In one study of TOSTAN methods, the number of women who believed that FGM was a “necessity” was more than halved after completion of the program (Diop et al., 19). Similarly, knowledge about the health consequences of FGM increased in participating members and in community members who were not in the program – people were talking about the program outside of the classes. (Diop et al., 20). The educational component of Tostan is critical to its success in eliminating FGM, but is also essential to the program on a wider scale. Participants who feel as though they actually gain useful knowledge from the program are more inclined to continue attending classes and apply their new knowledge and skills to problems they see in their own community – as in the case of FGM (Mohamud et al., 78).

The Tostan program’s success in facilitating the abandonment of FGM in African – and particularly Senegalese – villages hinges on the important distinction of autonomy, and looks to the power of the community rather than to the choices of individuals.

            Because female genital mutilation is so closely linked with traditions and beliefs about marriage and the role of women in society, replacement rites of passage are a worthy avenue to explore in attempts to move away from FGM. There are two possibilities for desired outcomes: one, for communities to abandon female cutting altogether, and two, for communities to change to a less destructive form of cutting, and then perhaps to continue along that path towards ending the practice. Alternative rites of passage, when created in cooperation with the communities involved, can substitute for the proof of maturity and marital eligibility that the scars of female genital mutilation provide.

One particular challenge of working to reduce female genital mutilation is the need to tailor interventions very specifically to the communities in which FGM is practiced. Because it is an ancient and valued custom, practices are often very specific to communities or ethnic groups. They have changed over the generations and are deeply rooted in the culture. In many places, older women who have undergone FGM are the strongest proponents of continuing the practice. In this light, it is critical to address the social needs of the community and to involve them in any efforts to change their practices.

 

 

 Lessons for Future Interventions

Tostan is successful, according to a USAID-funded evaluation, because it encourages social change through the community system that is already in place in African villages. Most importantly, the evaluation states, Tostan facilitates group-based decisions. Rather than encouraging individual women or families to abandon FGM, TOSTAN works with whole villages, and eventually includes hundreds of villages in public declarations that validate social change as a community decision and outcome (Diop et al, 35). At these declarations, village leaders make a commitment on behalf of their communities, but the event is not solely political. Girls from communities speak about their perceptions on remaining uncircumcised, and people celebrate the continued marriage ties between villages.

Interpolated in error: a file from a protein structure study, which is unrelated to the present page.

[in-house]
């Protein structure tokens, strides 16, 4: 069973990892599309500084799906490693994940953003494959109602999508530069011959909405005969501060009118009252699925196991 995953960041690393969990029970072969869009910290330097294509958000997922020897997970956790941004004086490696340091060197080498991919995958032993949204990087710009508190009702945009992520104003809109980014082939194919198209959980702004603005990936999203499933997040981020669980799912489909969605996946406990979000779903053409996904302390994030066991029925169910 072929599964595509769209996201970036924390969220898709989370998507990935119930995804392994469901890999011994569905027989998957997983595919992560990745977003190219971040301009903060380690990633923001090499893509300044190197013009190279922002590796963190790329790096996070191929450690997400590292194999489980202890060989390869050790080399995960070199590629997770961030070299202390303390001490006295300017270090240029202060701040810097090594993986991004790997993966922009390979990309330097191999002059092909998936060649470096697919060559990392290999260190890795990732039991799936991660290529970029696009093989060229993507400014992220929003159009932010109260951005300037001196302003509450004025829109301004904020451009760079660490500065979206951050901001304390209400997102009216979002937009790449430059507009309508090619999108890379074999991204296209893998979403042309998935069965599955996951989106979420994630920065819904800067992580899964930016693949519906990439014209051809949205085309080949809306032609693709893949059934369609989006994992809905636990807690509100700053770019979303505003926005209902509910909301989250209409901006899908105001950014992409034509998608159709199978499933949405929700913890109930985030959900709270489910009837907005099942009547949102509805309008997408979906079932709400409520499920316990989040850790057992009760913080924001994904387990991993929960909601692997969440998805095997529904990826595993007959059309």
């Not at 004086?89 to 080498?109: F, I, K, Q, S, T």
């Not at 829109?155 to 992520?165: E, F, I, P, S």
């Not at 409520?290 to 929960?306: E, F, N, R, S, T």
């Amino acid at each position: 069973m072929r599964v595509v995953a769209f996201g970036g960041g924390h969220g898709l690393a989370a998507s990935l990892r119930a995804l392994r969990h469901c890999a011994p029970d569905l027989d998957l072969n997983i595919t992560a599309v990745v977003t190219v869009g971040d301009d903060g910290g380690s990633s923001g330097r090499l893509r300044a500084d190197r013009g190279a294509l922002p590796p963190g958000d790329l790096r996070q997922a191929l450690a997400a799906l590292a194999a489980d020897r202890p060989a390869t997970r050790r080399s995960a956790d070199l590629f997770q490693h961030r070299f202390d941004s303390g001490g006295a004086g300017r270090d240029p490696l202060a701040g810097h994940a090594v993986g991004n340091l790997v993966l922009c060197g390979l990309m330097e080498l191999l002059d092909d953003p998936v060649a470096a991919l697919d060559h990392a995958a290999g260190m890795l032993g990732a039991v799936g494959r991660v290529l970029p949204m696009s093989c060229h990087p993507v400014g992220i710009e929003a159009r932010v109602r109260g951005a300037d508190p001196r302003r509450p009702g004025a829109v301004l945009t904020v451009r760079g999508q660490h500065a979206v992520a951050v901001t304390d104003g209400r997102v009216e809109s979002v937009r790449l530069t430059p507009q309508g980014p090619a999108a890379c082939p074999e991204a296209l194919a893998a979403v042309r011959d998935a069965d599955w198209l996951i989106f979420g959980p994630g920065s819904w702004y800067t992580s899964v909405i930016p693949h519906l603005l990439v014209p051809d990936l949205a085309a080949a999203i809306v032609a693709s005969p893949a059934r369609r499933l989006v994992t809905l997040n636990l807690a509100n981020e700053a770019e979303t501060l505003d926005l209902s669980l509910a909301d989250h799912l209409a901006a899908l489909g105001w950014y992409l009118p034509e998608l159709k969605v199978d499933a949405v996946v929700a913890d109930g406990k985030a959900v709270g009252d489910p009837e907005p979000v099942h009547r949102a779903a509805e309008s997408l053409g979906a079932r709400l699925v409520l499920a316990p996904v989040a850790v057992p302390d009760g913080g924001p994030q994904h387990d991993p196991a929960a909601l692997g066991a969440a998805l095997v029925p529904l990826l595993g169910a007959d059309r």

These public declarations by geographic clusters of tens of villages serve to validate the decision that the community has made, hold the villages accountable to their neighbors to truly abandon FGM, and encourage surrounding villages to join the movement. The inter-village cooperation to abandon FGM is critical because so many local villages intermarry. If the girls from a village are not acceptable to the surrounding villages, then long-standing bonds between the communities are broken. As a result, consensus between village leaders to abandon FGM in a coordinated effort is essential to the success of the intervention (Tostan, 12). If only one village stopped performing FGM, the surrounding communities could simply exclude them from marriages rather than changing their practice of FGM, and eventually the lone village will lose economic ties in the area. Clearly, local leaders would not support a situation with such an outcome.

The success of the Tostan program can certainly be applied to other efforts to eliminate female genital mutilation – or any other social change that needs to happen on a community level. The program’s flexibility, emphasis on building the skills and knowledge necessary to make change, and culmination in a public declaration of a community decision all contribute directly to the sustainability of the decisions made. The program’s initial creation in Senegal and the close ties with the communities in which Tostan works ensure that the program speaks to the needs and beliefs of participants. Finally, the emphasis on community choice above all else contributes to the success in abandoning female genital cutting. The program has been much more effective at increasing the second order autonomy of girls and women, but has not completely neglected their first order-autonomy. Introducing alternative rites of passage, allows for greater freedom in the way the girls and women live their lives.  This small triumph should be held as a benchmark for both individual and community human rights.